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John Milton among the neo-Latinists: three notes on Mansus.

Milton's Latin poem Mansus has been studied from a number of perspectives and in a variety of contexts: as a Renaissance reworking of the panegyric tradition,(1) as a clever fusion of classical motifs and topoi,(2) and more recently as a complex response to a 'written encomium'(3) which Milton received from the poem's Neapolitan addressee, Giovanni Battista Manso, Italian poet and patron of Tasso and Marino, and founder of the Oziosi academy.(4) I have argued elsewhere that Milton not only picks up and inverts aspects of Manso's tribute and the implications of that tribute, but also echoes a corpus of contemporary Italian poems in Manso's honour.(5) Read on a superficial level Mansus constitutes Milton's own encomium of Manso, in which the speaker sings the praises (not without a wry smile) of his Neapolitan host. But it is also much more than that. Through an intricate labyrinth of textual allusion, analogy, and verbal reminiscence Milton in an ingenious fusion of things 'ancient' and 'modern' reveals himself as a classicist, steeped in Greek and Latin literature, but also, and no less interestingly, as a man of his time, a Renaissance Englishman, self-consciously aware of the contrast between the cold northern climate of England and the sunny warmth of Italy,(6) but celebrating none the less the praises of his own native land - its poets, the ancient customs of its druids, its Arthurian heroes;(7) Milton moreover sees himself as following in the footsteps of such English poets as Chaucer (who had likewise visited Italy)(8) and by implication Spenser.(9) This note attempts further to extend this Renaissance context of Mansus by arguing for hitherto unnoticed parallels between the poem and works by three neo-Latin writers, namely Leland, Politian, and Petrarch.

(i) Mansus and the Latin poetry of John Leland

Nec tu longinquam bonus aspernabere Musam, quae nuper gelida vix enutrita sub Arcto imprudens Italas ausa est volitare per urbes. Nos etiam in nostro modulantes flumine cygnos credimus obscuras noctis sensisse per umbras, qua Thamesis late puris argenteus urnis Oceani glaucos perfundit gurgite crines.

(Mans., 27-33)(10)

In the course of his Latin poem Mansus Milton, the youthful Englishman, seeks inter alia to justify to his elderly Italian addressee the literary merits of England. In defending the genius of his native poets he employs the symbol of the swan as bard. While this finds precedent in both Latin(11) and English literature,(12) it occurs as a particularly prevalent leitmotif in the neo-Latin poetry of the sixteenth-century British antiquarian John Leland. This is perhaps most fully evident in Leland's poem Synchrisis Cygnorum et Poetarum, which draws some clever parallels between the swan and the poet: the swan is white in body, the poet is white in heart, the swan loves icy rivers, the poet loves his own spring. Both sing a song in springtime and seek the cool shade in the heat of summer:

Cure niveis ipsos cygnis conferre poetas ilium qui studuit, digna notasse puto. Candidus est toro concentor corpore cygnus, pectora sunt vatis candidiora nive. Laetus olor gelidis fluviis gaudere videtur, gaudet illimi fonte poeta suo; dulcia Laedaeus modulatur carmina cygnus, cum flores Zephyri lenior aura fovet; purpureo vates cum vere Favonius inflat, arguto resonum fundit ab ore melos. Viminea cygnus casula contermina ripis saepe sub ardenti sidere tecta petit: frigora vicinae silvae torrentibus undis aestivo vates tempore captat ovans. Quis neget albenteis cygnos nunc atque poetas convenisse suis undique nominibus?(13)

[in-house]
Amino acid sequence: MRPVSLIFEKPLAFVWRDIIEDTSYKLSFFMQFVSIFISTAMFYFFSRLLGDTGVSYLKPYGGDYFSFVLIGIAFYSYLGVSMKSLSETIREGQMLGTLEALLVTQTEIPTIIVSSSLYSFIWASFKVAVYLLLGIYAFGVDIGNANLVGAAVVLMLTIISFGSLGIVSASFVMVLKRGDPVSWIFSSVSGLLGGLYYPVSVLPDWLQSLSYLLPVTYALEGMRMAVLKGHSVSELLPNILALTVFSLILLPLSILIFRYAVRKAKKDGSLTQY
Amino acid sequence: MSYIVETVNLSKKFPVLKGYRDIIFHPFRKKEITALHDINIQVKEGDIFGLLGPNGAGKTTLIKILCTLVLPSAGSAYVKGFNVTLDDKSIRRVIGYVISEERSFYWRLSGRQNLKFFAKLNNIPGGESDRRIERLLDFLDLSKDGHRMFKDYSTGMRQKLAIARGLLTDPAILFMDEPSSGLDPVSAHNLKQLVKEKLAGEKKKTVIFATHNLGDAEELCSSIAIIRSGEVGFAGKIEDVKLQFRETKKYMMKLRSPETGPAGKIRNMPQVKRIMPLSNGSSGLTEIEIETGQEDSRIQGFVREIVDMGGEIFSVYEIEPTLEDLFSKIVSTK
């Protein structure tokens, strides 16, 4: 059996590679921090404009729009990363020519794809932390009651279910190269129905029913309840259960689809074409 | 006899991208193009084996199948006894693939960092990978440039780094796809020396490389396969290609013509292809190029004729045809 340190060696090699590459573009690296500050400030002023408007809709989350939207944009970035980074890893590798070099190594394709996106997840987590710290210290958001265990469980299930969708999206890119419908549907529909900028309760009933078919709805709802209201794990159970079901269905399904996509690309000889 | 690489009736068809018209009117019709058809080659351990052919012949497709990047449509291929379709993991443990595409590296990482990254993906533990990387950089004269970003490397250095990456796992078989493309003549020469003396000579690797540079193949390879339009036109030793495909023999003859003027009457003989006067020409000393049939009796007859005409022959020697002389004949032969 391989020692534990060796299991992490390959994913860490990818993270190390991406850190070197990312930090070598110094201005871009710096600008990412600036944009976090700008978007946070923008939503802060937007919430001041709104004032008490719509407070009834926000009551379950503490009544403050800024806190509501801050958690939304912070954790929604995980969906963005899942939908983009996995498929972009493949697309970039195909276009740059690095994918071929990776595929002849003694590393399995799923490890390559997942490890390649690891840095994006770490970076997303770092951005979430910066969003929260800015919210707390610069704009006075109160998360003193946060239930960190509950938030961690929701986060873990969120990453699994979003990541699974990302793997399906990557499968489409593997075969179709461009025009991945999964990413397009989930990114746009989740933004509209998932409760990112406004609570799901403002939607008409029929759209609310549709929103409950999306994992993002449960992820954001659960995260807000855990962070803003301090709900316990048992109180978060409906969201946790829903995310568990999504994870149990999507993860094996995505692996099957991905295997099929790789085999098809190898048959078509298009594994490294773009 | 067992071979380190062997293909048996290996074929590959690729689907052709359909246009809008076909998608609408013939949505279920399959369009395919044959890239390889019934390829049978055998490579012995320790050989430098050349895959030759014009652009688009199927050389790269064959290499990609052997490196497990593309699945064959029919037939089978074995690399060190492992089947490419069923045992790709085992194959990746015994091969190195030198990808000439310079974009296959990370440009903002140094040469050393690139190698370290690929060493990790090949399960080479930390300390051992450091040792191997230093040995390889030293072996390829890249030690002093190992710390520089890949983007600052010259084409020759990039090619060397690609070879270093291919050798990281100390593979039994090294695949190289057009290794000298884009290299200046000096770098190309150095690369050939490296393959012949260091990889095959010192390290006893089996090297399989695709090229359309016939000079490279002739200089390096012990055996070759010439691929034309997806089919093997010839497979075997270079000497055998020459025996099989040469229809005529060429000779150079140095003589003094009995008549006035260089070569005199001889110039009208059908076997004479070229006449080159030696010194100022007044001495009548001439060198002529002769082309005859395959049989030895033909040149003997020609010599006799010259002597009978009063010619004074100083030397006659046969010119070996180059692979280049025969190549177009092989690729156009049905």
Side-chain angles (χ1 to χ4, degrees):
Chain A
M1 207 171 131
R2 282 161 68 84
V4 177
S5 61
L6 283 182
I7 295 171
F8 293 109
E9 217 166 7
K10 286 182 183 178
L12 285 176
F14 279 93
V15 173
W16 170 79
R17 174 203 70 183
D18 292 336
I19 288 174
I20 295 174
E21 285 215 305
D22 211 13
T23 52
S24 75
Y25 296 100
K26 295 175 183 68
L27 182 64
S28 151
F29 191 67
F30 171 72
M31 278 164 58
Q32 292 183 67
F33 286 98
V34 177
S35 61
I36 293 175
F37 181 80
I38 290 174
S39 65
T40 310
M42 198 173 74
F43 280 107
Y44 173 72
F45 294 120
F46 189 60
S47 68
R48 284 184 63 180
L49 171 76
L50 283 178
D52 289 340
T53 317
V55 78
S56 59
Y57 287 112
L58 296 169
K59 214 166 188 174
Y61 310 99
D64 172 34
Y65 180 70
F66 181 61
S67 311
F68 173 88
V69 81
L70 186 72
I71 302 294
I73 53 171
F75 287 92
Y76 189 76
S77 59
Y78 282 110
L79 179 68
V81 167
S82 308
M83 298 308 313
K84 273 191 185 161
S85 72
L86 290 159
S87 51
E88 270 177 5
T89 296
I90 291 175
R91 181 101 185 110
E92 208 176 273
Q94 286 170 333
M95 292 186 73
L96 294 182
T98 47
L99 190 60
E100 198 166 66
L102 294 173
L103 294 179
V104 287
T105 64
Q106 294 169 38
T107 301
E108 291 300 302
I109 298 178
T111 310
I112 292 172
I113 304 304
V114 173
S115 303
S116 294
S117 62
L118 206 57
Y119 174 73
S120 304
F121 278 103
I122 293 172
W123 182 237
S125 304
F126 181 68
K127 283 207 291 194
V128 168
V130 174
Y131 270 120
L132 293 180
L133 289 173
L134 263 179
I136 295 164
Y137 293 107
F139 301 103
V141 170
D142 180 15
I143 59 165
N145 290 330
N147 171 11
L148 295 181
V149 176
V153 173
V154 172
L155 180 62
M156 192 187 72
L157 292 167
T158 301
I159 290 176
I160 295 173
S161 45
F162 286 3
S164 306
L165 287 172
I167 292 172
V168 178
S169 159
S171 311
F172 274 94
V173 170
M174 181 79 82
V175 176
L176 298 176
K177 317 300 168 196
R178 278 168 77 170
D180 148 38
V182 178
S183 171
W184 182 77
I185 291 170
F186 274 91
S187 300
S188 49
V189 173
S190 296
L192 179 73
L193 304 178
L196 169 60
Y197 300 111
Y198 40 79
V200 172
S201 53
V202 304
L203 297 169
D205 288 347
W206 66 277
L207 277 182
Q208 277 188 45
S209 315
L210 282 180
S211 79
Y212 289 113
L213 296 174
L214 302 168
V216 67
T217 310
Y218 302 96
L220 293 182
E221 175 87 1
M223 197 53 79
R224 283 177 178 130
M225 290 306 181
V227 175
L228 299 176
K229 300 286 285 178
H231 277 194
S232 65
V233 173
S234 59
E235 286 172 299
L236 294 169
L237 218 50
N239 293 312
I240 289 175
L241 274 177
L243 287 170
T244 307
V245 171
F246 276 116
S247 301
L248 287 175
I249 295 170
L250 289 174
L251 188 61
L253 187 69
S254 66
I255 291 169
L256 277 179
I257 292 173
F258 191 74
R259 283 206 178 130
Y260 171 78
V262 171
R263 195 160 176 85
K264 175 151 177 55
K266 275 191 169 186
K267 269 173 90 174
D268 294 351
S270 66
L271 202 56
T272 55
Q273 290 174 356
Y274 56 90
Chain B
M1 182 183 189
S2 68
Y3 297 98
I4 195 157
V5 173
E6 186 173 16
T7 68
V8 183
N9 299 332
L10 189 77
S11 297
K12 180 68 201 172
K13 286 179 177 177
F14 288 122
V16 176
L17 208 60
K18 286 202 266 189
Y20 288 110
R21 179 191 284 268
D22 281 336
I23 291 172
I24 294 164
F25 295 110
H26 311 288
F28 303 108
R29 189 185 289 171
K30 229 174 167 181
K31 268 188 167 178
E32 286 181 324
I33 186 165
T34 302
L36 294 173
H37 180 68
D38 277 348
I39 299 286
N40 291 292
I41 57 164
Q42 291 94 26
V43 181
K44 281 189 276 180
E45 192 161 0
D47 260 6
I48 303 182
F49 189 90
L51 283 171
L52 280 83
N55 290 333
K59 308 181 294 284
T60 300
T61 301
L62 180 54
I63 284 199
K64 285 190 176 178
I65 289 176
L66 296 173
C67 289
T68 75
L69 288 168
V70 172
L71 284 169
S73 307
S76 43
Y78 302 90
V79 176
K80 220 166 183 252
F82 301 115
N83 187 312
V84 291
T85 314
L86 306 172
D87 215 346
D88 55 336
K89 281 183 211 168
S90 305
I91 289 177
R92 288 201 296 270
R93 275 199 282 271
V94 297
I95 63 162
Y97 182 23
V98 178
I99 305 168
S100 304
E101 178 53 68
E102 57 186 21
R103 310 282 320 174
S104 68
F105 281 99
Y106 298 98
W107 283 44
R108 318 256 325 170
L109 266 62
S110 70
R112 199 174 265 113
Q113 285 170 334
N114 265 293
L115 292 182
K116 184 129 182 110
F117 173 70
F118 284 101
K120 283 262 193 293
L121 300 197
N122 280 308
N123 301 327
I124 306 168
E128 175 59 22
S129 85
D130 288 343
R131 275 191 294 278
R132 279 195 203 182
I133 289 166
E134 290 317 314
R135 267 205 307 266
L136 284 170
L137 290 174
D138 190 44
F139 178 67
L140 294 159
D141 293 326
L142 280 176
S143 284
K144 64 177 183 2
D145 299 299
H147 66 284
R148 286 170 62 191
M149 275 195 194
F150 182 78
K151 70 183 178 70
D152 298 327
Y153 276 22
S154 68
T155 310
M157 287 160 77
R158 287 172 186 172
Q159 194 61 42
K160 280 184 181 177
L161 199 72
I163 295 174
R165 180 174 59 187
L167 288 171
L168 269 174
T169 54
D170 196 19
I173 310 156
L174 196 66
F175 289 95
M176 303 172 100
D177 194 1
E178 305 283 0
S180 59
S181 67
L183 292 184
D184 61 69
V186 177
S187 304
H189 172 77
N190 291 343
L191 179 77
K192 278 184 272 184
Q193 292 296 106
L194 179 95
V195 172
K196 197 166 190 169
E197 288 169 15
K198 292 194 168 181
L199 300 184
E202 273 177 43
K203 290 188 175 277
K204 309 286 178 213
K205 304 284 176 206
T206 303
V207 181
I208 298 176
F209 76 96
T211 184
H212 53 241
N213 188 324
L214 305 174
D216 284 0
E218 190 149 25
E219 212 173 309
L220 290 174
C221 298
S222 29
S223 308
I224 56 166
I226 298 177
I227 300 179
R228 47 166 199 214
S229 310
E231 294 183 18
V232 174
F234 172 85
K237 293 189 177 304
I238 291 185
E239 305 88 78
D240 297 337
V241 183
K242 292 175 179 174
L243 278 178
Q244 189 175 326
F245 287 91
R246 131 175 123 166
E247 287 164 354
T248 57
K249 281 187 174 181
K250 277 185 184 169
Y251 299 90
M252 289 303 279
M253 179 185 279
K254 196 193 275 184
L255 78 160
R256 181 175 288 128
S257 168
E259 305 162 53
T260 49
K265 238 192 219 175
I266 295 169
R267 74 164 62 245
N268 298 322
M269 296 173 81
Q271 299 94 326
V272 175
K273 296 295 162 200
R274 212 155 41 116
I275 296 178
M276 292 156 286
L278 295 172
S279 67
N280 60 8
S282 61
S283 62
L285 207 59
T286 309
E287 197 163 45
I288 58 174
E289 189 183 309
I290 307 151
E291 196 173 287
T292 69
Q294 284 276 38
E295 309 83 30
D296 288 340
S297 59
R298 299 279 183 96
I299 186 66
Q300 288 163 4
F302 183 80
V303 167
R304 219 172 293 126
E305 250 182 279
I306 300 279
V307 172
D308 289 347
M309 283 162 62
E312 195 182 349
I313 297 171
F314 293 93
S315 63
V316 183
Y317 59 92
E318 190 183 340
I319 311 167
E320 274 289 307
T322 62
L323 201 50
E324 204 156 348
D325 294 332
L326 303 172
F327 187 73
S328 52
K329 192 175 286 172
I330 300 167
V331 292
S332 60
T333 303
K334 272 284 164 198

Leland's much lengthier poem, Cygnea Cantio, likewise employs the swan/poet allegory. The speaker introduces himself as a white swan reared by the river Thames, who was impelled by an ardent desire to travel upon the river and survey local beauty spots and sites as he swam upstream. This is followed by a catalogue of many landmarks in the Thames valley. The poem concludes with a song of farewell as the speaker envisages himself as a dying swan, leaving the river banks behind him, finding his abode in the heavens and wishing that posterity will remember him.

There are some noteworthy similarities between Leland's poem and Mansus. Both are in the first person. Common to both is the notion of nourishment followed by the speaker's desire to set out on a journey.(14) In Leland, the swan mentions the nourishment which he has received, and expresses his wish to travel:

Hic inter medios venustus atones, et divortia curva brachiorum, dura lente vagor et famem repello, depastis teneris lubenter herbis, nec non pisciculis, cibo suavi, casu nescio quo cupido magna invasit mihi pectus otiosum, et multis monuit modis benigna, ripas Isidis ut virentioreis intentis oculis, novaque cura collustrarem avide, quo usque salsas undas imbiberent maris refusi. (9-20)(15)

Milton alludes to a Muse which has scarcely been nourished (vix enutrita (28)) beneath the frozen Bear, yet which nevertheless has ventured to fly through the cities of Italy (imprudens Italas ausa est volitare per urbes (29)).(16) The choice of the noun Musa as subject and, more specifically, the depiction of her arrival in Italy may echo and invert one of Leland's shorter poems entitled Commigratio bonarum literarum in Britanniam:

Cana bonas passim cantavit fama Camaenas Alpinas nunquam transiliisse nives. Ut Pandionias facundia liquit Athenas, venit ad Italicos Musa polita lares. Fronte tamen salva dicam nunc, audiat ipsa Roma licet, Musa transiliisse nives. Nam penitus toto divisis orbe Britannis tersa Camoena dedit, verba rotunda loqui. Illa vetus linguis florebat Roma duabus, at linguis gaudet terra Britanna tribus.(17)

Milton's depiction of swans on the Thames (lines 30-3) is in general accord with the statement made in the prose dedication of Cygnea Cantio: